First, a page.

I am even more surprised that the Official Opposition should go along with those interpretations, because these proposals are, as the noble Baroness, Lady Ludford, said, about the quality and efficiency of the governance of the EU, and what is important, they are about the European dimension of the accountability and democracy of the EU. They are not about creating a superstate; they are not about creating a president of the European Commission who is the equivalent of a President of the USA. That may be a complete misunderstanding and an attempt to apply British structures and British definitions to what are evolving new apolitical institutions within Europe.

Indeed, the debate in another place which my noble friend Lord Stoddart had clearly read was at the more superficial level of why we called Jacques Santer president in the first place. I suppose that I would expect this place to be more respectful of title, but it must be recognised that the title "president" does not imply that one is running a superstate. Some Conservative Members in the other place were making an issue of us changing to President Santer, as respect requires, the previous government's convention of referring to Mr. Santer simply as Mr. Santer. They saw it as a major shift of politics and sovereignty away from this place towards Brussels and Strasbourg. Those are fantasies.

Lord Stoddart of Swindon

They are not fantasies.

Lord Whitty

Let us look instead at what is proposed.

Lord Stoddart of Swindon

I thank my noble friend for giving way. It is not fantasy when the president of the Commission is called Mr. President and the president of the Council is called the President of the Council. That is the point that I was making: the official is called Mr. President and the president of the Council is called the President of the Council. That is not fantasy; that is fact.

Lord Whitty

I was not directly referring to that contribution of my noble friend but to expressions in another place that our designation of the president of the Commission by his proper title somehow shifted sovereignty and power from here to Brussels. Admittedly, the debate here has been a little more sophisticated, but let us return to the proposal.

The first part increases democracy within the European Union. The European Parliament is now part of our democracy. Those who resent it are rejecting the past 30 years, whereby we in this country—Parliament by Parliament and Government by Government—have agreed that some of our powers should be pooled within a pool sovereignty within Europe; that there should be a European Parliament to look after the democratic interests of the British people and the rest of the peoples of Europe; and that we should provide for accountability in the exercise of those powers.

The Amsterdam Treaty changes the relationship between the Parliament and the appointment of the Commission in one important way. I clarify the interpretation understood by everyone until tonight, when the noble Lord, Lord Renton, raised the issue that the Parliament is not obliged to give its approval, that it does have a choice. Admittedly, it is unlikely that that choice would ever be exercised in contradistinction to the decision of the Commission to appoint a president. However, it is important that we have made this change so that we have a separate power to appoint the president and the Commission.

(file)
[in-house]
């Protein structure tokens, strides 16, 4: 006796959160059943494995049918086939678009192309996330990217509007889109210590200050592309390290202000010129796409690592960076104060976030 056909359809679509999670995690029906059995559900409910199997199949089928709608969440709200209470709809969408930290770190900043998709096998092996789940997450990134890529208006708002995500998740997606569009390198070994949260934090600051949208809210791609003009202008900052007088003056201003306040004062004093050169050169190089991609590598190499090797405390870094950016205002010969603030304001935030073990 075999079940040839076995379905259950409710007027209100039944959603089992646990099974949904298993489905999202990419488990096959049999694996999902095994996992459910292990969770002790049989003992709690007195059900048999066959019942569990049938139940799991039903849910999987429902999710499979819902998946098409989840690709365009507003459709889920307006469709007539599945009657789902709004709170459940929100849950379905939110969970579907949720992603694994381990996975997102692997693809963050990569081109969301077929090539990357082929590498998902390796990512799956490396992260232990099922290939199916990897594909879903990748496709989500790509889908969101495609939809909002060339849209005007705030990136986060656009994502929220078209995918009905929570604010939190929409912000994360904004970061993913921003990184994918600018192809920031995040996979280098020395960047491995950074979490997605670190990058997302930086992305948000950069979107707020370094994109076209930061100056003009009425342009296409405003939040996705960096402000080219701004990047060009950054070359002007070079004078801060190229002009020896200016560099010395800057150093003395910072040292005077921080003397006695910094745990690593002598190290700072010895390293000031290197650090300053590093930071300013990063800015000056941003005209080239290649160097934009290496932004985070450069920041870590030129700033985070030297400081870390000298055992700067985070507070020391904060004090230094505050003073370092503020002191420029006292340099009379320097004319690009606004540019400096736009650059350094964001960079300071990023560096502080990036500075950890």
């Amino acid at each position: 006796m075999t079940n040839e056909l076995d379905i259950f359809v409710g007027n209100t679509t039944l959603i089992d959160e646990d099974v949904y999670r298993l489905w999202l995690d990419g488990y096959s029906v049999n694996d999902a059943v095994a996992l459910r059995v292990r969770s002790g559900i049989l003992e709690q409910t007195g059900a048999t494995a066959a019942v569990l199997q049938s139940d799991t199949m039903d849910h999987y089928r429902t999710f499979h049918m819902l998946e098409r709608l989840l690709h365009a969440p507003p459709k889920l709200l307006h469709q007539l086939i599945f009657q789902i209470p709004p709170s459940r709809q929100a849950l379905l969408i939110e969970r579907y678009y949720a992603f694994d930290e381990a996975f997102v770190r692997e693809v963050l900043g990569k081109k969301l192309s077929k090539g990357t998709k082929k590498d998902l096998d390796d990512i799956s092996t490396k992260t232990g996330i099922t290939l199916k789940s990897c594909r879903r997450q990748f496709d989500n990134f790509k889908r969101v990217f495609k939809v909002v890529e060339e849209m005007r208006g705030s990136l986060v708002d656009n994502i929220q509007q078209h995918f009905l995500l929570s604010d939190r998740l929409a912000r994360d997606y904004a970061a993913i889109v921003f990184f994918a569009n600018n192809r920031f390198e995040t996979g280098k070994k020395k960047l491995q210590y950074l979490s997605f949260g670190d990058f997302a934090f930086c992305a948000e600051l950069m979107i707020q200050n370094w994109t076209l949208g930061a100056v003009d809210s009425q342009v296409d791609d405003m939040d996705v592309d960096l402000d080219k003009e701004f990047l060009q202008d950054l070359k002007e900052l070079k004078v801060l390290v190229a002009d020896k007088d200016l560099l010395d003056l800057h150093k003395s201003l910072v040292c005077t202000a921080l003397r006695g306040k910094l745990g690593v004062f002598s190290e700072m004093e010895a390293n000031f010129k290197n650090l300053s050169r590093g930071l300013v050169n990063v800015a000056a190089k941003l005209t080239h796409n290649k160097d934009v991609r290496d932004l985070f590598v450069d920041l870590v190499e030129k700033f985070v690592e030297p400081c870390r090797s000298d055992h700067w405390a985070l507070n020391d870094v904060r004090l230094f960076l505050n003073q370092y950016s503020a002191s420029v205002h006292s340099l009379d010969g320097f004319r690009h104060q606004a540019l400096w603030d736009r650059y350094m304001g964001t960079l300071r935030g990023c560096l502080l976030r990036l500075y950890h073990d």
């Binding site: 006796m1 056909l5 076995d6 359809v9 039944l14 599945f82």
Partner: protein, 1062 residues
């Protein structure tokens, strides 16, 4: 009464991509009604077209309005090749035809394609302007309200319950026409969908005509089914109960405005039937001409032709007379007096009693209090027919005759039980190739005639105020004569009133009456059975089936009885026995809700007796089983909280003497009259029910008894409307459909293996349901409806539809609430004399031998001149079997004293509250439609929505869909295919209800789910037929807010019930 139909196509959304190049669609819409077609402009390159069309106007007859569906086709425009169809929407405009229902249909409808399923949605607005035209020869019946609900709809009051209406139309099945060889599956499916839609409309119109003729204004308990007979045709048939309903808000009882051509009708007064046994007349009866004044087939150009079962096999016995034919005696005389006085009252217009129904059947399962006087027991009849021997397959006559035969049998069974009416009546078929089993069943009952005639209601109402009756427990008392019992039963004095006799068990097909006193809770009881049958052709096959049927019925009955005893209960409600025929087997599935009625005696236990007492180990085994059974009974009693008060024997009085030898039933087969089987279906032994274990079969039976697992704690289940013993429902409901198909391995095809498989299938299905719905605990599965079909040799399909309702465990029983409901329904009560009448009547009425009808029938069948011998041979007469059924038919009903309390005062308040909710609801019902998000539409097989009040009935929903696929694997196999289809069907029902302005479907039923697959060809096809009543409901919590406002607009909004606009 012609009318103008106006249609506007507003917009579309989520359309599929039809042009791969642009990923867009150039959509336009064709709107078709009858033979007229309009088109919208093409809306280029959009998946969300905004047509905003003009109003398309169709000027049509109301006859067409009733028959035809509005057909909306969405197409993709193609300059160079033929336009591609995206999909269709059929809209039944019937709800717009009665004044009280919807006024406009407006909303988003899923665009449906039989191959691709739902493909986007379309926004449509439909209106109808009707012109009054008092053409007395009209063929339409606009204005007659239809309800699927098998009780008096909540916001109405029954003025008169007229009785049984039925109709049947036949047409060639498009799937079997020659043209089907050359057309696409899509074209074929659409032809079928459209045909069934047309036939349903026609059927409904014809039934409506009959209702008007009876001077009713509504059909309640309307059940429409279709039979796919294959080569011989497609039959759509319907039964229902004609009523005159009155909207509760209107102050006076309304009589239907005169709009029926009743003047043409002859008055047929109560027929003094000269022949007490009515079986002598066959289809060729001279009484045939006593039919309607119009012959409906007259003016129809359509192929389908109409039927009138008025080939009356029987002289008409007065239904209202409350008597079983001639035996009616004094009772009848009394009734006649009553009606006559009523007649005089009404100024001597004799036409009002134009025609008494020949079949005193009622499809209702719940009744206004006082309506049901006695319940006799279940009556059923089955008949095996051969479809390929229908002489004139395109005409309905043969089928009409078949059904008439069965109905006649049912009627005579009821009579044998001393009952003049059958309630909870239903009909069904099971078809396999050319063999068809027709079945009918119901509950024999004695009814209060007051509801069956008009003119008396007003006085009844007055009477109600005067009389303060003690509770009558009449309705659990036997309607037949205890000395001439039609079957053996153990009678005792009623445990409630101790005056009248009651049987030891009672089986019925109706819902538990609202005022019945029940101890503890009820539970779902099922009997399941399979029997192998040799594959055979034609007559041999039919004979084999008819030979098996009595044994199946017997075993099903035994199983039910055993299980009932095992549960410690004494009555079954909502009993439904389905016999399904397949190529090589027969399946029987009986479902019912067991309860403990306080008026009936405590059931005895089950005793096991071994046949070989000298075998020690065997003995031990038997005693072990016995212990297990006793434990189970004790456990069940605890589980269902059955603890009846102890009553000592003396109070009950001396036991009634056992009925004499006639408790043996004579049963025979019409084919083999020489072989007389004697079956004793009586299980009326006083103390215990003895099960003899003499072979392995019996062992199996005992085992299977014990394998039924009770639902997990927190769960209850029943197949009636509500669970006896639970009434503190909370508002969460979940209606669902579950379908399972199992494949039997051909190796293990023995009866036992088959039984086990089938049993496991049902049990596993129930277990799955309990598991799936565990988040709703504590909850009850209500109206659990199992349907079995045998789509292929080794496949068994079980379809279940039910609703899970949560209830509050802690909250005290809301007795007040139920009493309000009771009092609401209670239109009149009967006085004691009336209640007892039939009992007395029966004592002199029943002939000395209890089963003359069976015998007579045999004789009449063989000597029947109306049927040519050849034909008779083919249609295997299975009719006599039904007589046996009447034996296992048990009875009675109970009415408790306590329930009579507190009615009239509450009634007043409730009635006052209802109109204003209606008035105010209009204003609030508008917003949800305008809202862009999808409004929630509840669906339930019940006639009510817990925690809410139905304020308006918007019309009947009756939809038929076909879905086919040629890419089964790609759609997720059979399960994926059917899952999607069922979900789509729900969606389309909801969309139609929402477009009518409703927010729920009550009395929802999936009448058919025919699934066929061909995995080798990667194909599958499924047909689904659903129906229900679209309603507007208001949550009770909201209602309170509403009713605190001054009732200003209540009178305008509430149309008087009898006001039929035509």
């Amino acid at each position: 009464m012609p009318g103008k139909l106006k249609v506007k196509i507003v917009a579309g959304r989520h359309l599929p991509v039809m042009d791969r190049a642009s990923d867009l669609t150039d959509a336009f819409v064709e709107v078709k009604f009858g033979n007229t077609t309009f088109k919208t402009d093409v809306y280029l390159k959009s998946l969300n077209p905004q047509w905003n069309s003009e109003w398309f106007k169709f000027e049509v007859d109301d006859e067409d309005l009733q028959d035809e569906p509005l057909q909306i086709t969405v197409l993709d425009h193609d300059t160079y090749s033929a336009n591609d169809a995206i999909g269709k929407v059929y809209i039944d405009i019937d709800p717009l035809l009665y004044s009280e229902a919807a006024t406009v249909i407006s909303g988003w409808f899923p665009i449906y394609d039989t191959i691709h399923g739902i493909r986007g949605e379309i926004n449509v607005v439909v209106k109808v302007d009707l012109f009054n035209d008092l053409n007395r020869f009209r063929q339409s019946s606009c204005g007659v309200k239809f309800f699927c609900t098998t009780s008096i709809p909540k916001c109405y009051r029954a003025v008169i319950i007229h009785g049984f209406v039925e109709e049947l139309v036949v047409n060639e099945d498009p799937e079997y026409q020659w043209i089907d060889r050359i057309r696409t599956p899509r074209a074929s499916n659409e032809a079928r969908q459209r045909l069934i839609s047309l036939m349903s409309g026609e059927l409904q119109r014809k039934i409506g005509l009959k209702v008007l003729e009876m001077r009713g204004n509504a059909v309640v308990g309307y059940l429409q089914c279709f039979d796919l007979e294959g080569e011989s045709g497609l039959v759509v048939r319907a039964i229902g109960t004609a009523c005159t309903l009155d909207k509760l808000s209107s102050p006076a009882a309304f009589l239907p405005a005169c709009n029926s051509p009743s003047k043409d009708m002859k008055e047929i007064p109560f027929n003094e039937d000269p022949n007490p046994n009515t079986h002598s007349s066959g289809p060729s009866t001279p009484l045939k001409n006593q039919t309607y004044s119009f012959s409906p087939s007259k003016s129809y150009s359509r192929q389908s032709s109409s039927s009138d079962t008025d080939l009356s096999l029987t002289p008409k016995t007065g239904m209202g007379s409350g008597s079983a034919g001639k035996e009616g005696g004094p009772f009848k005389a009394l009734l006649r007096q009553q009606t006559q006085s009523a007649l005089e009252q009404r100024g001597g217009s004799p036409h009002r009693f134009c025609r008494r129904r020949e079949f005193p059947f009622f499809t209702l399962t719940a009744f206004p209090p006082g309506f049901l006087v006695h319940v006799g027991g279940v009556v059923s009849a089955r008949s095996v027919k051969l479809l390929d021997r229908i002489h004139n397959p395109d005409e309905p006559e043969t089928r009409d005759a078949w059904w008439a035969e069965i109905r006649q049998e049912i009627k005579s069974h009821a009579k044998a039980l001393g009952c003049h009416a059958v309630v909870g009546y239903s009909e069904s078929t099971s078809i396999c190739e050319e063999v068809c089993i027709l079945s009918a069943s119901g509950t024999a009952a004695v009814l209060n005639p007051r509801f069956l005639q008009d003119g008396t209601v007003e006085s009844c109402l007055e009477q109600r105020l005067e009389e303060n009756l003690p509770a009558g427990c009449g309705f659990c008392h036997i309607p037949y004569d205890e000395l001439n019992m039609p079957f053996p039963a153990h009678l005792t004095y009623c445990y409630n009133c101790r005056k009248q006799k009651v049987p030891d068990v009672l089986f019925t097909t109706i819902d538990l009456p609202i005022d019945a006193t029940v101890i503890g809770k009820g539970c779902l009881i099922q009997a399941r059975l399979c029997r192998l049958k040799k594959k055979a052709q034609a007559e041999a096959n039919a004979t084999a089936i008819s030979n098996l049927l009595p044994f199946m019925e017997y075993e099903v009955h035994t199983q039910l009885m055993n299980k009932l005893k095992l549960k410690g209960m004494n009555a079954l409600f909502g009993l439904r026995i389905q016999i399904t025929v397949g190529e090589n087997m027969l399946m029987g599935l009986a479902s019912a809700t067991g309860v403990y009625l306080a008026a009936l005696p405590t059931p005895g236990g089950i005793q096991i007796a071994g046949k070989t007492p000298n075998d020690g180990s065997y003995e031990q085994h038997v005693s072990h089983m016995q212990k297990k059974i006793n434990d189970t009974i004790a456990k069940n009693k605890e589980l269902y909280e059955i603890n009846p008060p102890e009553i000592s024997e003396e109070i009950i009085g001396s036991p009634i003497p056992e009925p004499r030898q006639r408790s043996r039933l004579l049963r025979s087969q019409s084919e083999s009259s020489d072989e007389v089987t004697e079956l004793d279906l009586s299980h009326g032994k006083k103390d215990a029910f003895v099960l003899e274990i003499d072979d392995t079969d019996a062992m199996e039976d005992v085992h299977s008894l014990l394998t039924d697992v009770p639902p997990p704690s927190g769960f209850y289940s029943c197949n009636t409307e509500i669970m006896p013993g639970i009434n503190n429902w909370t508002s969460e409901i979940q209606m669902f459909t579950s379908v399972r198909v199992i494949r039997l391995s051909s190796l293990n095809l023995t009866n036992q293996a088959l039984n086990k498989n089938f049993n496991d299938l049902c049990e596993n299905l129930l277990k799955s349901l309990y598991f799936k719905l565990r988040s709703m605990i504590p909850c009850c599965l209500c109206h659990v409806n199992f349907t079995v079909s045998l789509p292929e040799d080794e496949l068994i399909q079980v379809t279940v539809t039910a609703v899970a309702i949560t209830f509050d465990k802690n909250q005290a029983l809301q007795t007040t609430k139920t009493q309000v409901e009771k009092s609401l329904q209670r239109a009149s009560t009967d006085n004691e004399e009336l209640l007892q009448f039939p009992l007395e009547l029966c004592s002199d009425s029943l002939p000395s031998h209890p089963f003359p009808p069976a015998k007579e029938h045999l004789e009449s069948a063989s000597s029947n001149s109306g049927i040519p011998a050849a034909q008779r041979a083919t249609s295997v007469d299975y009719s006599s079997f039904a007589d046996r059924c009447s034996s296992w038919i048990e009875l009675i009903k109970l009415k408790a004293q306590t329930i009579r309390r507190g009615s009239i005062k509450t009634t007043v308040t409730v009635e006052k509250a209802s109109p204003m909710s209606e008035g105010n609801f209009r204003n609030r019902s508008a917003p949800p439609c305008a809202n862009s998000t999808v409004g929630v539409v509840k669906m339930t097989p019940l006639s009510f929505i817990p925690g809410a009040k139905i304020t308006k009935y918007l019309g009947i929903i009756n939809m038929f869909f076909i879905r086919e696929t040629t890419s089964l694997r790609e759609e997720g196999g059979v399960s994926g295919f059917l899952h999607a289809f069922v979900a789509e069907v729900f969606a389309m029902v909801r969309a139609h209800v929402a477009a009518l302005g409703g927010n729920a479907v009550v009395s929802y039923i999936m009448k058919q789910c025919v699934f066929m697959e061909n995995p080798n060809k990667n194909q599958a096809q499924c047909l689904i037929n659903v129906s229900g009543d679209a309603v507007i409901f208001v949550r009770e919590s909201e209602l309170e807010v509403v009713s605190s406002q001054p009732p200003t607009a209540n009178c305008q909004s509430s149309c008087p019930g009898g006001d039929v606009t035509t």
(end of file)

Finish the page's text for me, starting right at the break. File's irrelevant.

The UK has always supported an elected European Parliament having a stronger role in appointments to the Commission. The European Parliament will not have the right to nominate the European Commission's president; only member states will have that right. The European Parliament's right will simply be to agree or disagree with the Council's candidate. We believe that that is an improvement in democracy which retains the essential right of the member states in this respect and also makes their choice subject ultimately to the European Parliament's agreement.

The second issue is that of concord over the appointment of member states' nominees to the Commission. The current position is that the nominee president of the Commission is only consulted about nominees to that Commission rather than having a separate voice. But it is already a common accord. We are moving from a common accord of 15 member states to a common accord of 15 member states plus the president. The president will already have been agreed by all the member states, including this one, and by the European Parliament in order to become a president in waiting.

Surely, it is sensible that the Commission president should play a part in ensuring that the Commission is made up of people with the right ability, the right spread of representation and the right spread of competence. But that common accord for appointing all the members of the Commission is not new. We are extending the right of participation to the presidency, and that already existed for all 15 member states to approve each other's nominees.

Lord Pearson of Rannoch

It is not that the president is playing a part; he has a veto. That is a tremendous difference.

Lord Renton

Before the Minister replies to my noble friend's question, will he say whether common accord means unanimity or a majority vote?